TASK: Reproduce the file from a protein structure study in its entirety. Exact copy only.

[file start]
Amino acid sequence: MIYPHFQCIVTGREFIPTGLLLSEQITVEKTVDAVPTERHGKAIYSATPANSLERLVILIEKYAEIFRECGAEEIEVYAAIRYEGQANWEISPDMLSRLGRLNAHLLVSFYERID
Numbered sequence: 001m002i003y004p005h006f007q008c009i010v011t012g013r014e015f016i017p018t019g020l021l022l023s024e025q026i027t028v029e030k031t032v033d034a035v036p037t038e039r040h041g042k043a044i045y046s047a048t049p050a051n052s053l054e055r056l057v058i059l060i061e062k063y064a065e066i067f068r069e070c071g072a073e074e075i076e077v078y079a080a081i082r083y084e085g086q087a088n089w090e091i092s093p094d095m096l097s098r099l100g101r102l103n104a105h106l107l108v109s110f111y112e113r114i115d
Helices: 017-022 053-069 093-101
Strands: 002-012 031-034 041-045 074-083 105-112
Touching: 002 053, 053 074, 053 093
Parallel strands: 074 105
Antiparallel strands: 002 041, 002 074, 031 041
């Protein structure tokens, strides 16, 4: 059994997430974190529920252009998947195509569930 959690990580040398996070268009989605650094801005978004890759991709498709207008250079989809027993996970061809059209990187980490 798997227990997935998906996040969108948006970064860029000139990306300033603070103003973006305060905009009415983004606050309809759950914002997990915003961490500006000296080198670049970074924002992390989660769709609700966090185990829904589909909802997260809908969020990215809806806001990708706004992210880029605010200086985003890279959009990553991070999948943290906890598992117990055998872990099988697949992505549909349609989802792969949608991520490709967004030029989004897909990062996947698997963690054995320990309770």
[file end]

Amino acid sequence: MIYPHFQCIVTGREFIPTGLLLSEQITVEKTVDAVPTERHGKAIYSATPANSLERLVILIEKYAEIFRECGAEEIEVYAAIRYEGQANWEISPDMLSRLGRLNAHLLVSFYERID
Numbered sequence: 001m002i003y004p005h006f007q008c009i010v011t012g013r014e015f016i017p018t019g020l021l022l023s024e025q026i027t028v029e030k031t032v033d034a035v036p037t038e039r040h041g042k043a044i045y046s047a048t049p050a051n052s053l054e055r056l057v058i059l060i061e062k063y064a065e066i067f068r069e070c071g072a073e074e075i076e077v078y079a080a081i082r083y084e085g086q087a088n089w090e091i092s093p094d095m096l097s098r099l100g101r102l103n104a105h106l107l108v109s110f111y112e113r114i115d
Helices: 017-022 053-069 093-101
Strands: 002-012 031-034 041-045 074-083 105-112
Touching: 002 053, 053 074, 053 093
Parallel strands: 074 105
Antiparallel strands: 002 041, 002 074, 031 041
């Protein structure tokens, strides 16, 4: 059994997430974190529920252009998947195509569930 959690990580040398996070268009989605650094801005978004890759991709498709207008250079989809027993996970061809059209990187980490 798997227990997935998906996040969108948006970064860029000139990306300033603070103003973006305060905009009415983004606050309809759950914002997990915003961490500006000296080198670049970074924002992390989660769709609700966090185990829904589909909802997260809908969020990215809806806001990708706004992210880029605010200086985003890279959009990553991070999948943290906890598992117990055998872990099988697949992505549909349609989802792969949608991520490709967004030029989004897909990062996947698997963690054995320990309770």